We rarely need to imagine the situation in the summers when the temperature crosses the 45-degree mark and makes life miserable. Heat strokes in certain parts of India cause many deaths and skin-related diseases see multifold increases. When 45° to 50° degree temperature takes the life out of us humans and other living beings; What if the temperature on the Earth touches the range of 5,227 to 5,727 °C?
Well, that is the actual radiation the Sun emanates on a daily basis to the Earth. Then what makes survival possible for living beings on Earth? Ozone Layer.
What is an Ozone Layer?
Two French physicists discover in the year 1913 that Sun sends out radiation around 5000 °C when it reaches the Earth, which can make life non-existential on the Earth. Charles Fabry and Henri Buisson established the fact that there is something that absorbs almost all the mid-range radiation of the Sun but failed to find out the exact element that absorbs the ultraviolet rays coming from the Sun.
G.M.B Dobson, during his research, established the fact that the element that absorbs almost 97 to 99% of the Sun’s radiation is Ozone. He developed a Dobsonmeter to measure the effectiveness of the Ozone layer from the ground. In his research, he established that the missing radiation that is supposed to reach to the Earth matches that of the chemical known as Ozone, which covers the entire Earth and protects human life from the fury of the Sun.
The Distribution of the Ozone Layer
The thickness of the thinness of Ozone layer is not consistent and is mainly dependent on the greenhouse gases as well the season. In its usual form, the Ozone layer is thin around The Equator and thick near the poles. During the summers you can measure the Ozone layer being thin, while in the winters, it is thick. Besides, solar intensity plays a critical role in deciding the effectiveness of the Ozone Layer.
The Ozone Structure
Science sometimes throws unimaginable surprises. Ozone is a structure that is nothing less than an ultraviolet layer similar to the Sun’s UV rays, which is made of Oxygen only. While water consists of two Oxygen atoms, Ozone is made of three Oxygen atoms.
Effect Of Ozone Layer Depletion On Plants
UVB radiation has a direct impact on plants that alters their physiological and developmental processes. Despite the fact that plants have the ability to adapt to increased UVB levels, such radiation is damaging to the foliage. UVB radiation has the potential to cause indirect changes in plants. These changes are often more harmful than the direct impact of UVBs on plants. The modifications could include changes in plant form, nutrient distribution within the plant, developmental phase timing, and secondary metabolism.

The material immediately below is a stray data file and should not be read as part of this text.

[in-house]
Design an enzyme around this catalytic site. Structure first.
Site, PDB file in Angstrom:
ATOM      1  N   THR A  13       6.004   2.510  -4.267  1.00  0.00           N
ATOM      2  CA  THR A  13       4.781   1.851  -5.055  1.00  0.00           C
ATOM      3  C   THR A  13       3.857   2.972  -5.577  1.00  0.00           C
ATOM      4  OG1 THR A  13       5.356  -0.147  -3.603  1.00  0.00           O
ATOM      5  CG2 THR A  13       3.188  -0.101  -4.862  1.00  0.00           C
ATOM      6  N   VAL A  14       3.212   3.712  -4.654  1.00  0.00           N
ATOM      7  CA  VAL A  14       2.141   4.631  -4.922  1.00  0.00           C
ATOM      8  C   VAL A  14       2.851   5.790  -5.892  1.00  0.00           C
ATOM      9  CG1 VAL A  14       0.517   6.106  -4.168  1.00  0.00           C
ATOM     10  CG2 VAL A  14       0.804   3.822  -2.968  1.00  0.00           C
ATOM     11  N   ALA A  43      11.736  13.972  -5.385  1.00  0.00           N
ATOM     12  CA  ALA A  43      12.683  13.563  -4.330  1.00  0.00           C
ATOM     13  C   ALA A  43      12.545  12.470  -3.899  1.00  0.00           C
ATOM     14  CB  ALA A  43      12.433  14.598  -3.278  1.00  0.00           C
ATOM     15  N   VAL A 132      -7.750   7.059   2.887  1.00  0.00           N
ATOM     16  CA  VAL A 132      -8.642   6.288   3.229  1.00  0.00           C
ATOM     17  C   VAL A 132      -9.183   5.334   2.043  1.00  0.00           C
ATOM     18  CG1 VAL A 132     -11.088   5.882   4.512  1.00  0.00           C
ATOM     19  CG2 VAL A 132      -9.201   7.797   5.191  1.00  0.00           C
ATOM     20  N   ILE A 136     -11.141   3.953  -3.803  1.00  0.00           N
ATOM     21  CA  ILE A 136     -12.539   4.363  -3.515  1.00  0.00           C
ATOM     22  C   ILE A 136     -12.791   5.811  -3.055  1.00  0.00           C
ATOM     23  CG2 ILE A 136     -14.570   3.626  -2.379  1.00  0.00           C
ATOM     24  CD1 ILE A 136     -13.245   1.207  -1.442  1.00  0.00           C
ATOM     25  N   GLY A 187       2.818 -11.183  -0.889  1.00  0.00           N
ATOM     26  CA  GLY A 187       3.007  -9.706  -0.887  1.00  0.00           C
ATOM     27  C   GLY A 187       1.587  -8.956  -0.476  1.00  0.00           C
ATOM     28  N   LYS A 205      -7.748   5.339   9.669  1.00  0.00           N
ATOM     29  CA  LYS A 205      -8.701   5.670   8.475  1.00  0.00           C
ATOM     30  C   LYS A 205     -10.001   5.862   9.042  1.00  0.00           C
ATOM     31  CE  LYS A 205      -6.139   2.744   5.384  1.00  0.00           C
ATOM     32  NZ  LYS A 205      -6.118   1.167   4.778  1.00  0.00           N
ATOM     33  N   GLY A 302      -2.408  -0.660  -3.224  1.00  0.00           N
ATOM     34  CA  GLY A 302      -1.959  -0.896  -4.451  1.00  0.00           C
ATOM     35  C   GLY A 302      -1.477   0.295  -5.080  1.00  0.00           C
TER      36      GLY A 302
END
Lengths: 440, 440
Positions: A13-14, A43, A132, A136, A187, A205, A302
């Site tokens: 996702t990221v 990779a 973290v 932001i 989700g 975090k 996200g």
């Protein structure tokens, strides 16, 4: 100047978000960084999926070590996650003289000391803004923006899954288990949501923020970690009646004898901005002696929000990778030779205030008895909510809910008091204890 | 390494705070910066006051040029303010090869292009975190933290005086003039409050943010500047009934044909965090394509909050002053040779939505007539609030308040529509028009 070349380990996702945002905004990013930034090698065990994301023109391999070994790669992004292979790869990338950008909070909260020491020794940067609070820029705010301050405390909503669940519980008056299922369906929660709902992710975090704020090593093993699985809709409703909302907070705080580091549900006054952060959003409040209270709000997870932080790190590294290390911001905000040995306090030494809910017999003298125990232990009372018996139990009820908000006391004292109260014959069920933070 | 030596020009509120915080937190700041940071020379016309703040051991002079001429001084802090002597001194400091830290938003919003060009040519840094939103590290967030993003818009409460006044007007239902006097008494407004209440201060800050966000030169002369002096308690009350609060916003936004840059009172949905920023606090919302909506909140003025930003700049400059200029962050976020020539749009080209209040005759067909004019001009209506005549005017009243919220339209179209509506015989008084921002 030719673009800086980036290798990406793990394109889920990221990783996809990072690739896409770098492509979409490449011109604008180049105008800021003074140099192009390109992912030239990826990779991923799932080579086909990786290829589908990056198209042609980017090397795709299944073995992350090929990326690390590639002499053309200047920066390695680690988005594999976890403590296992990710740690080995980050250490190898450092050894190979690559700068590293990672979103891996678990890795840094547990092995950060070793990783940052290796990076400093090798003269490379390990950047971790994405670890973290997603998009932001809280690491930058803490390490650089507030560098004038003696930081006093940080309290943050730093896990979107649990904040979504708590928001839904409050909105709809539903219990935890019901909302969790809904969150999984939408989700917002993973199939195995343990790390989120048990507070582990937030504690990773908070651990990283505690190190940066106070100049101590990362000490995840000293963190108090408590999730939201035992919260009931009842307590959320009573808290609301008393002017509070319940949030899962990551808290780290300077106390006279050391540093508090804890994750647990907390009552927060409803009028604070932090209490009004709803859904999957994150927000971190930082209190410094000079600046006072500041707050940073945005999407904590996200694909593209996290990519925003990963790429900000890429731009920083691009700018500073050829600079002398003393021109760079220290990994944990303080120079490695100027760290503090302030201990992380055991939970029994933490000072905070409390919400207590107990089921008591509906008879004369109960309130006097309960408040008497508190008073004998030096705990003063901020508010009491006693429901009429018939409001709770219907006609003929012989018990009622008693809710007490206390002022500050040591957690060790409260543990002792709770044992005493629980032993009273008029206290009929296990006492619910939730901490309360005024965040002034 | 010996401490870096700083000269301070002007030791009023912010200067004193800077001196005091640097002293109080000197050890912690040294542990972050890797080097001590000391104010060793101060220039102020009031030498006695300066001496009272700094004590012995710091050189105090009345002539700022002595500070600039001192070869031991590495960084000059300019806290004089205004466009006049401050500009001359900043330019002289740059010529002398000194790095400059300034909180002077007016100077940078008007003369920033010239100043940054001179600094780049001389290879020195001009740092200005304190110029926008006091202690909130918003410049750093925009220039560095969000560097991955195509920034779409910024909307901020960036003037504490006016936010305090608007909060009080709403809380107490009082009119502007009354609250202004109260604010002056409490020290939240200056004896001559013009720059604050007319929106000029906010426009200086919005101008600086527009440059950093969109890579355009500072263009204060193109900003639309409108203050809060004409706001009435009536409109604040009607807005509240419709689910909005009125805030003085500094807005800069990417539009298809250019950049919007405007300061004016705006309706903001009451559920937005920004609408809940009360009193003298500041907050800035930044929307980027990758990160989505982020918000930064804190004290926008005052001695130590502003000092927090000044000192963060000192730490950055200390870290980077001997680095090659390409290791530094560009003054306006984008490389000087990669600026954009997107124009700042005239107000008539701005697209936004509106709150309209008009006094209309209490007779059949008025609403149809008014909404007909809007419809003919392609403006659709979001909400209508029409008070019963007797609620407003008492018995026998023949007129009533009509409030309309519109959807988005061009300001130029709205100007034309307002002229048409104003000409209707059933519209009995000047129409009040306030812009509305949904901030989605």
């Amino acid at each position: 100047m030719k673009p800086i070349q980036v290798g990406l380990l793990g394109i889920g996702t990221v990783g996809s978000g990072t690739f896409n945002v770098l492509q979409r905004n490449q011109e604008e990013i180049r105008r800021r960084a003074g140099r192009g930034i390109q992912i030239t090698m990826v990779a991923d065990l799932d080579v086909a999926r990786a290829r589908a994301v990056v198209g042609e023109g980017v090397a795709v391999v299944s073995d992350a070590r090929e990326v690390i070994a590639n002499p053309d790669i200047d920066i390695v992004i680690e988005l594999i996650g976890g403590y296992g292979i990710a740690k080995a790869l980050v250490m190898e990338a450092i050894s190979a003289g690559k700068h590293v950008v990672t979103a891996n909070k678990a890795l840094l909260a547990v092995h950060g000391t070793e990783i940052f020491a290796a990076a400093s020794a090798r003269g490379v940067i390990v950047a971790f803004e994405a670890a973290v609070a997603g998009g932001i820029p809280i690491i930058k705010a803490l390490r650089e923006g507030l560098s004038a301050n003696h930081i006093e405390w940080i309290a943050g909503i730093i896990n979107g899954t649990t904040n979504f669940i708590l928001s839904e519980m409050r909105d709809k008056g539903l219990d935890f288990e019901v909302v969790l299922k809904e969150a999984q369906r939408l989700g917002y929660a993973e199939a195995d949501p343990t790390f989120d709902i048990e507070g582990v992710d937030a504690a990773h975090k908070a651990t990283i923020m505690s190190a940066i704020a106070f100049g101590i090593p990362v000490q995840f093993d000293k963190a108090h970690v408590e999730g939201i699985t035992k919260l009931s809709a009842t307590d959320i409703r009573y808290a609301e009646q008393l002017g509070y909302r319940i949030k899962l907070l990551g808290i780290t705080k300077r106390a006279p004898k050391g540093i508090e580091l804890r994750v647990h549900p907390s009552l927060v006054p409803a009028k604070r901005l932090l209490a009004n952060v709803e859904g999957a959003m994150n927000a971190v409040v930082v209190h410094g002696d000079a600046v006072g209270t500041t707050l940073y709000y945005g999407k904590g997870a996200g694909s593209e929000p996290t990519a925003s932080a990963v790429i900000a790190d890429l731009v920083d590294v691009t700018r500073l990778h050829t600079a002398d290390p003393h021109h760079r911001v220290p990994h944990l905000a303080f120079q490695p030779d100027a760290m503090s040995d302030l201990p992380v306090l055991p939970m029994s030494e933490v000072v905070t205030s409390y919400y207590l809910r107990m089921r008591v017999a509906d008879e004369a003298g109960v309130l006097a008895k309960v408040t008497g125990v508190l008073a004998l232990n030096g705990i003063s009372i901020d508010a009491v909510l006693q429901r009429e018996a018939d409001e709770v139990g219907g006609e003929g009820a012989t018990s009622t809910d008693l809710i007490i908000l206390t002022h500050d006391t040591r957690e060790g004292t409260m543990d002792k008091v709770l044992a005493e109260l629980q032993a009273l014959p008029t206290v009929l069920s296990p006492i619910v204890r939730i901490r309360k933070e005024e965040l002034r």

Effects Of Ozone Layer Depletion On Marine Life
Scientists discovered that ozone layer depletion reduces the production of phytoplankton, which are the world’s largest oxygen producers. Furthermore, UV radiation has been shown to harm the developing stages of fish, crab, shrimp, amphibians, and other marine life.
- The Montreal Protocol is an environmental agreement that controls the production and usage of Ozone Depleting Substances (ODS) that is resulting in the thinning of the ozone layer. The protocol was signed on September 16, 1987.
- The ratifiers of the Montreal Protocol are the 197 member states of the UN along with Niue, the Cook Islands, the Holy See and the European Union. The international treaty is the first of its that has been ratified universally in UN history.
- The Multilateral Fund for the Implementation of the Montreal Protocol (1991) is to provide financial as well as technical assistance to developing member countries to comply with the control measures of the Protocol. The only criteria to meet is that the annual per capita consumption and production of ODS for such country parties should be less than 0.3 kg.
- In countries like the US, chlorofluorocarbons and halons have been phased out. In India, various ODSs like CFCs, carbon tetrachloride, halons, methyl bromide have been phased out for controlled uses keeping the Montreal Protocol into consideration.
Why Ozone Layer?
Thinking of life on the Earth at the temperature of 5000 °C is an unthinkable thing. This fact itself explains the importance of the Ozone layer. Radiation that comes out of the Sun would not only destroy the plants and trees but would also kill the living beings from the Earth. Besides, if all the ice will melt in a day or two with such a high temperature, life on the Earth can never be possible. Even a one percent decrease in Ozone could affect the life severely on the Earth. Therefore, we must ensure that we do not eliminate harmful gases and preserve the environment as much as we should.